“Voters in Maine approved a ballot measure on Tuesday to allow many more low-income residents to qualify for Medicaid coverage under the Affordable Care Act, The Associated Press said. The vote was a rebuke of Gov. Paul LePage, a Republican who has repeatedly vetoed legislation to expand Medicaid. At least 80,000 additional Maine residents will become eligible for Medicaid as a result of the referendum. Maine will be the 32nd state to expand the program under the health law, but the first where voters, not governors or legislators, decided the issue. Other states whose leaders have resisted expanding the program were closely watching the campaign, particularly Utah and Idaho, where newly formed committees are working to get Medicaid expansion on next year’s ballots.”

 


November 3, 2017

Release of the comprehensive tax reform proposal from the House Ways and Means Committee took most of the oxygen out of the room this week. However, there still were some developments in the healthcare world. The House Ways and Means and Senate Finance Committees introduced their Affordable Care Act (ACA) stabilization bills this week. Action on these bills is not likely until tax reform is behind us, which will almost certainly push this issue into 2018.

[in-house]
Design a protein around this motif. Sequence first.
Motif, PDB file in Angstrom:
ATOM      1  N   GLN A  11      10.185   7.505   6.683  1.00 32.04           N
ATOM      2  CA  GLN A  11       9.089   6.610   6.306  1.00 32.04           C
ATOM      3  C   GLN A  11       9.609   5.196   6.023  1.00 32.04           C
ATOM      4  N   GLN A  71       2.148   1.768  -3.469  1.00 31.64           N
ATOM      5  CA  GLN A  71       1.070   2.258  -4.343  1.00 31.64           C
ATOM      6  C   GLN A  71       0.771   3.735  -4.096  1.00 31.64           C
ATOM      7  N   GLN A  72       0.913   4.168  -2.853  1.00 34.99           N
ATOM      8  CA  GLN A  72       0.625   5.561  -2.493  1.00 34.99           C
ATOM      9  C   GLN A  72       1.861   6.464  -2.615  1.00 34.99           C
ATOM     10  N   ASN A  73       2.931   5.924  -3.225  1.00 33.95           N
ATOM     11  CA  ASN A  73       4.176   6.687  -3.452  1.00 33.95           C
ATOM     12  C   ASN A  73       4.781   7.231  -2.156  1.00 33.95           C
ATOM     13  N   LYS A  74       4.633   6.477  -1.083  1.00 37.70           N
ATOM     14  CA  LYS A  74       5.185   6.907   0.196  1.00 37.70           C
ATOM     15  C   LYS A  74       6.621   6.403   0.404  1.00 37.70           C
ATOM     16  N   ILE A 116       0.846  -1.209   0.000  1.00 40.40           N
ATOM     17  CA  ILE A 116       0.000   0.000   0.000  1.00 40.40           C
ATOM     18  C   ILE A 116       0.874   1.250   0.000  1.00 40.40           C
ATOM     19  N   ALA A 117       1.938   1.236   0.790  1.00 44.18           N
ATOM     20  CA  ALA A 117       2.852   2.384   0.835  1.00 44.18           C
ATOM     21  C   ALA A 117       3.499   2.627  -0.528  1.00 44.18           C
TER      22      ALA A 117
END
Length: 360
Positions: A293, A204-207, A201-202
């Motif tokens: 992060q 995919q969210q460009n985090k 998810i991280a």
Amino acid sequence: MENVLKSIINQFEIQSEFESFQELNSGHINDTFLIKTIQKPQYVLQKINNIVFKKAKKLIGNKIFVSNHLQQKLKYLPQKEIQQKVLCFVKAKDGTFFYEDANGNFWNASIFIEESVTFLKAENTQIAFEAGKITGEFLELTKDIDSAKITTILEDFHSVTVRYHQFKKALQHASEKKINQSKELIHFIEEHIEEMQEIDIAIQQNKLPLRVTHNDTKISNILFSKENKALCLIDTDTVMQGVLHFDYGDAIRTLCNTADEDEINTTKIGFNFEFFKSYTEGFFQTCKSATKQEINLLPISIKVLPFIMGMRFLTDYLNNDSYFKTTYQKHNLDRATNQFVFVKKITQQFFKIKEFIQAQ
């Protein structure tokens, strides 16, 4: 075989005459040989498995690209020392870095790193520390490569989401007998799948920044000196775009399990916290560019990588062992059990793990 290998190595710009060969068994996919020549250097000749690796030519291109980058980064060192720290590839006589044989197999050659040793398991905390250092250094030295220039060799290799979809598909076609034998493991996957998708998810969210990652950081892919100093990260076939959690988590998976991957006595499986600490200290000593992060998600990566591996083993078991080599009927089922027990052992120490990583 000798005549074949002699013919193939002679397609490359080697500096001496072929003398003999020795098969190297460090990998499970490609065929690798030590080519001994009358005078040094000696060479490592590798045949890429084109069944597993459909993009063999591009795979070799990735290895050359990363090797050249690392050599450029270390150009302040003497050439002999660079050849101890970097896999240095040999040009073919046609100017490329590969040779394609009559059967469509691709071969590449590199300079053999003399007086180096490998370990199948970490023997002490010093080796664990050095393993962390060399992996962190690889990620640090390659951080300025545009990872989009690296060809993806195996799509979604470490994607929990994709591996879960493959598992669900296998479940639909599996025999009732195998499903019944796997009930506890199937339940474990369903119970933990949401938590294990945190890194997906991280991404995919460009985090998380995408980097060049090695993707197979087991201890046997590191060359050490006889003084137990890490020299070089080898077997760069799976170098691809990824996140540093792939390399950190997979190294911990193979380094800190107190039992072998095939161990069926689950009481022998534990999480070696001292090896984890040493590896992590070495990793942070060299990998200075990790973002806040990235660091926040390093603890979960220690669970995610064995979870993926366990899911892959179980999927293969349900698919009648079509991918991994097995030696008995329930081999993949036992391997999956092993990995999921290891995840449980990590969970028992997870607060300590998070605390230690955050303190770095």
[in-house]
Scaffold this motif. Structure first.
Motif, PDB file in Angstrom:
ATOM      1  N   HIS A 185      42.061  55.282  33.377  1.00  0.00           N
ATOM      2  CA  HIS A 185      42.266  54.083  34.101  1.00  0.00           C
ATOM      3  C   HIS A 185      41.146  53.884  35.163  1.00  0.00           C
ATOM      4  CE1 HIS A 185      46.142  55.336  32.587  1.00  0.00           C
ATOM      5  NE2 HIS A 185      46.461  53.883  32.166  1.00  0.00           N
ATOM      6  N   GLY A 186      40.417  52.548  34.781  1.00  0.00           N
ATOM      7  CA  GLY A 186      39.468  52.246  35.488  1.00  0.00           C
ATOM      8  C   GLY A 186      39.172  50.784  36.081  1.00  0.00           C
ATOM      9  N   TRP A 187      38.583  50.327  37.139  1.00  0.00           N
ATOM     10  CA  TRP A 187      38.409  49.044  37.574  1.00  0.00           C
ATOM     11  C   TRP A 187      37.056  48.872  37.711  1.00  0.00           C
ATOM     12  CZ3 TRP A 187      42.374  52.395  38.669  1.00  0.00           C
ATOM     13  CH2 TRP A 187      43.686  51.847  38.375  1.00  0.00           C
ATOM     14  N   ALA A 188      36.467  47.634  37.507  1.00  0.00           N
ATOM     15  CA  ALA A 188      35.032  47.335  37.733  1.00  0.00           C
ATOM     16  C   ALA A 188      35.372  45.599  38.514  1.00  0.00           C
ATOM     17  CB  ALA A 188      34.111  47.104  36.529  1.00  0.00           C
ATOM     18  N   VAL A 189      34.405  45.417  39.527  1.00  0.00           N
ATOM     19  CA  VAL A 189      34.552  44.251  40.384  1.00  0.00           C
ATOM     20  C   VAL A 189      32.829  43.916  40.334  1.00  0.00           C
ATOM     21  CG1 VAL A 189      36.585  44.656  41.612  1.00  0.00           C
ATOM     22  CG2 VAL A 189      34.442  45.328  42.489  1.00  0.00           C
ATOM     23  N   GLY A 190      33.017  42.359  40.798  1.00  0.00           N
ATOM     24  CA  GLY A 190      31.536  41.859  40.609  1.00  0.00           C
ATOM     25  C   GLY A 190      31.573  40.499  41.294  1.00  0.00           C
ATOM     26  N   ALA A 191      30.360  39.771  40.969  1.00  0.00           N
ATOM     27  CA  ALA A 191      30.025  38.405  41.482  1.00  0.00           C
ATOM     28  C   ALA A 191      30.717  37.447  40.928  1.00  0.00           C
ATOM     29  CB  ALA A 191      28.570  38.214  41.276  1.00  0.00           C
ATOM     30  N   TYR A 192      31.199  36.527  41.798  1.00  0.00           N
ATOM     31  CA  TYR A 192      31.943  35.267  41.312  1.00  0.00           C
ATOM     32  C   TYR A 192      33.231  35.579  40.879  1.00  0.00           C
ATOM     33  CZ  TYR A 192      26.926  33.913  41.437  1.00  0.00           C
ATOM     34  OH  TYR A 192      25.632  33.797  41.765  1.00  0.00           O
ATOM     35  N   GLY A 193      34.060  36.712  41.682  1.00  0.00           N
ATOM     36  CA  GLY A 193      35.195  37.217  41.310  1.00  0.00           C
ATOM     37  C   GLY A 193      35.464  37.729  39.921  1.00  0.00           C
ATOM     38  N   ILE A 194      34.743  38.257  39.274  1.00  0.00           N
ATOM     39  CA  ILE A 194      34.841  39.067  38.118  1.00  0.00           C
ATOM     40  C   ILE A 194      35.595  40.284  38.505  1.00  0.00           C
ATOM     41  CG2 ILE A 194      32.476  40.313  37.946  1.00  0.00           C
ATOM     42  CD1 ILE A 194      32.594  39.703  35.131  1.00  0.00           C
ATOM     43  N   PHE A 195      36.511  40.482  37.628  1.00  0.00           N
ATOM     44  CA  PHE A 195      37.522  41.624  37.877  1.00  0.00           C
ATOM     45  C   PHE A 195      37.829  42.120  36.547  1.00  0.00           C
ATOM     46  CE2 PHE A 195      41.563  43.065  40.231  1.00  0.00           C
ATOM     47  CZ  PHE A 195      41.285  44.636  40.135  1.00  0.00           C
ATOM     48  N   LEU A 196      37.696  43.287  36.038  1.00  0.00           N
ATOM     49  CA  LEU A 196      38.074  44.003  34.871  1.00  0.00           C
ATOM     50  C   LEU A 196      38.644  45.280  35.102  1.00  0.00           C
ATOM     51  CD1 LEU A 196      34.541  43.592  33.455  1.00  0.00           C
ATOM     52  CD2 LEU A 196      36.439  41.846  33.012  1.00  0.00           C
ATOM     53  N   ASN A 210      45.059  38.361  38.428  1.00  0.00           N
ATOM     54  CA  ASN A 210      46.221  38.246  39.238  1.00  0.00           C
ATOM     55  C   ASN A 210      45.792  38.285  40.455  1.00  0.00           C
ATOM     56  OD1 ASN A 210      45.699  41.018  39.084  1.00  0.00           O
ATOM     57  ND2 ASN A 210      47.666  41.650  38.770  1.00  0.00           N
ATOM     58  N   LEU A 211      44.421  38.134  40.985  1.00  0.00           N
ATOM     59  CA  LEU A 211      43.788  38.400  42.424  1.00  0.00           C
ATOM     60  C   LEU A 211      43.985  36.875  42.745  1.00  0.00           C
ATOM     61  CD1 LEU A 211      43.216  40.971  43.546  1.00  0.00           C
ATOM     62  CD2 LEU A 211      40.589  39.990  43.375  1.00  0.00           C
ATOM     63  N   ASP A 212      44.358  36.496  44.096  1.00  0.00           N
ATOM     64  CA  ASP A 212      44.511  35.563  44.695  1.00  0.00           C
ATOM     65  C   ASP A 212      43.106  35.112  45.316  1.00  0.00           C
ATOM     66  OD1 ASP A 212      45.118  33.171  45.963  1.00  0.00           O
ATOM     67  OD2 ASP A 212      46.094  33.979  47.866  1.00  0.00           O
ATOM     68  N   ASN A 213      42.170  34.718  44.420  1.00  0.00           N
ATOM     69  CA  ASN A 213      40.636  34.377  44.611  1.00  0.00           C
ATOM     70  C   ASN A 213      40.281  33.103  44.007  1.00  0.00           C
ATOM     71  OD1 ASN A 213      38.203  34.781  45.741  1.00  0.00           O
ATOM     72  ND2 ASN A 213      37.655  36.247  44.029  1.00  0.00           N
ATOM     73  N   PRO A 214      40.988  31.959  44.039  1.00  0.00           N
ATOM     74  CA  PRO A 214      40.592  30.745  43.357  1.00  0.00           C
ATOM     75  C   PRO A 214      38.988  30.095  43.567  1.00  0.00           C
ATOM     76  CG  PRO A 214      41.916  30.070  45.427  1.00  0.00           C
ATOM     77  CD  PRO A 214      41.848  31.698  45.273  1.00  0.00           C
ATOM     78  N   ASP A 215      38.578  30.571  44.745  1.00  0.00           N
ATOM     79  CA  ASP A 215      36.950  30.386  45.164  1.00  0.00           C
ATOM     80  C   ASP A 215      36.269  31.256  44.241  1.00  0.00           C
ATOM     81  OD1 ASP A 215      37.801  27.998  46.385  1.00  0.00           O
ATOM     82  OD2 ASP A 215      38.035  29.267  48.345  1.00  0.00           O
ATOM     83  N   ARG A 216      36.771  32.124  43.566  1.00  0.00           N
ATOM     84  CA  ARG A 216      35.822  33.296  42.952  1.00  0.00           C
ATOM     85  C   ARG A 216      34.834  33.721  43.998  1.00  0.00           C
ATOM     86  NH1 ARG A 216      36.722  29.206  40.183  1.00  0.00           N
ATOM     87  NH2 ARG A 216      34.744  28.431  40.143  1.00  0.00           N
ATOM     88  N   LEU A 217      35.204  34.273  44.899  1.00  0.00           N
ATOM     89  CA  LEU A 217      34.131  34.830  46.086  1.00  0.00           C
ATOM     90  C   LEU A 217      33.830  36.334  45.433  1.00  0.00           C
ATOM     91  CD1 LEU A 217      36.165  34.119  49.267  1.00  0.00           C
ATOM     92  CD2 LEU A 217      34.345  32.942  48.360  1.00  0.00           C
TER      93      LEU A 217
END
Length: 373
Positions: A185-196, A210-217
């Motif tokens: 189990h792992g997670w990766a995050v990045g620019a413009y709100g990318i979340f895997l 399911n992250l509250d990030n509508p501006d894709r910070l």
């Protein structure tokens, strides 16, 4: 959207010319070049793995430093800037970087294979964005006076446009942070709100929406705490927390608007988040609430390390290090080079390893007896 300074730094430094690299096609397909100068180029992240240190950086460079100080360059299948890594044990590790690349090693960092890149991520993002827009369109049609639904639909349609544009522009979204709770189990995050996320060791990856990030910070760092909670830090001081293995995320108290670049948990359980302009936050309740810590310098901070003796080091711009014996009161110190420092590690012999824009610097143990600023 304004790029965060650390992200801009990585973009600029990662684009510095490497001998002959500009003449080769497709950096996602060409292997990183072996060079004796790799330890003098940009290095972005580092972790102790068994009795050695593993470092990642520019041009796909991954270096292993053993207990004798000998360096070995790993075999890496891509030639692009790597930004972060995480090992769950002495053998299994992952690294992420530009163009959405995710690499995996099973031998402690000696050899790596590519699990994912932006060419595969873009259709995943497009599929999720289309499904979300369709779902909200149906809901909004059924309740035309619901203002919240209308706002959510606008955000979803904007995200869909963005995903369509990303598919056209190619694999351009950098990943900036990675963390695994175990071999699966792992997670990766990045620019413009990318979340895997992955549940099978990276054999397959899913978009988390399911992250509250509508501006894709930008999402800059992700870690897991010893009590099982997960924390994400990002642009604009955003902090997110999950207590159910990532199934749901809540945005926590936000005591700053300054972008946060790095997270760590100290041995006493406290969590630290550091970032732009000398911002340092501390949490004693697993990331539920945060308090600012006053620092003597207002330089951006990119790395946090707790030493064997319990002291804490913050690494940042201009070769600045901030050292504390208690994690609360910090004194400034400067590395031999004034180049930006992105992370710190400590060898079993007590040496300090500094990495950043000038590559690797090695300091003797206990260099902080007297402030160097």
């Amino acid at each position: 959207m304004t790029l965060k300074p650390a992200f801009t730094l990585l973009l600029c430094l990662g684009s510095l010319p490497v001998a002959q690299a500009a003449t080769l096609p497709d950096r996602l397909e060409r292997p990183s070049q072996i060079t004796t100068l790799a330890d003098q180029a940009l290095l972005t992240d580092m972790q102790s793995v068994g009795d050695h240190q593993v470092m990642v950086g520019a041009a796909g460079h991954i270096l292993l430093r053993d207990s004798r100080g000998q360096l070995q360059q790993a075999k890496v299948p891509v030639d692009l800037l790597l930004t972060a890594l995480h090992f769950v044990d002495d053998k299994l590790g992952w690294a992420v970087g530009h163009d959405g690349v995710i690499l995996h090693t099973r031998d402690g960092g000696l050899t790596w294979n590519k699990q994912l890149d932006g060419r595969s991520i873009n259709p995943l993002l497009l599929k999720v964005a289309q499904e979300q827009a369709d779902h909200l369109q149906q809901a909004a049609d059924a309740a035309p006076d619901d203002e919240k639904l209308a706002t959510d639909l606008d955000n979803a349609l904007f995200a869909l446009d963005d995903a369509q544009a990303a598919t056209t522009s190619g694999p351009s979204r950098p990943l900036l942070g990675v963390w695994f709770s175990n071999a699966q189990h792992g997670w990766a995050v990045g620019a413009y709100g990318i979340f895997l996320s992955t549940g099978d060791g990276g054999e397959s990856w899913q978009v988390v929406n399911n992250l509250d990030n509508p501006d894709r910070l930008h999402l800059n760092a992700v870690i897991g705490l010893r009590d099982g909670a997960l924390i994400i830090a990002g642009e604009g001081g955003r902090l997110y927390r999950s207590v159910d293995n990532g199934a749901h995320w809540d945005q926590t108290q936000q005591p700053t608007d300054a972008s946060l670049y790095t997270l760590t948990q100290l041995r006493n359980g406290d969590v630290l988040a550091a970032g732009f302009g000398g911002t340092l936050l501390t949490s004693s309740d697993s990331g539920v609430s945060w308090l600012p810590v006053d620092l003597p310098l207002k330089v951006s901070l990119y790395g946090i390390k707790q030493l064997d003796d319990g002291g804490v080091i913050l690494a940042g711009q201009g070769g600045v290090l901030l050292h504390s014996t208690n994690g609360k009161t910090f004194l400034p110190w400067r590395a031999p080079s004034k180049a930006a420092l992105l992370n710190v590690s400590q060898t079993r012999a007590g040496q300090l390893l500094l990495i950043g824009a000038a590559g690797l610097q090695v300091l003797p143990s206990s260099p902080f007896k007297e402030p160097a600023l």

The House passed a 5-year extension of the Children’s Health Insurance Program (CHIP) this week. The bill passed largely on a party line vote with only 15 Democratic members voting in favor. The bill also includes some additional Medicaid funding for Puerto Rico and the Virgin Islands for two years. Also included is $5 billion for the Disproportionate Share Hospital (DSH) program. The bill extends a number of other expiring health programs, including Health Centers and the National Health Service Corps, but it does not carry any of the Medicare extenders. The bill uses increases in Medicare premiums for high income earners and taps the ACA’s Prevention and Public Health Fund as pay-fors, both of which are objectionable to Democratic members of Congress. We expect the Senate to pass a bipartisan CHIP extension in the coming weeks, as opposed to taking up this House bill.

The Centers for Medicare and Medicaid Services (CMS) issued a final rule for the hospital outpatient prospective payment system that made dramatic changes to the reimbursement under the 340B program. The rule cuts payments for separately payable non pass-through drugs to average sales price (ASP) minus 22.5% from ASP plus 6%. Hospitals are reacting strongly to this rule and may need to fight this in the courts.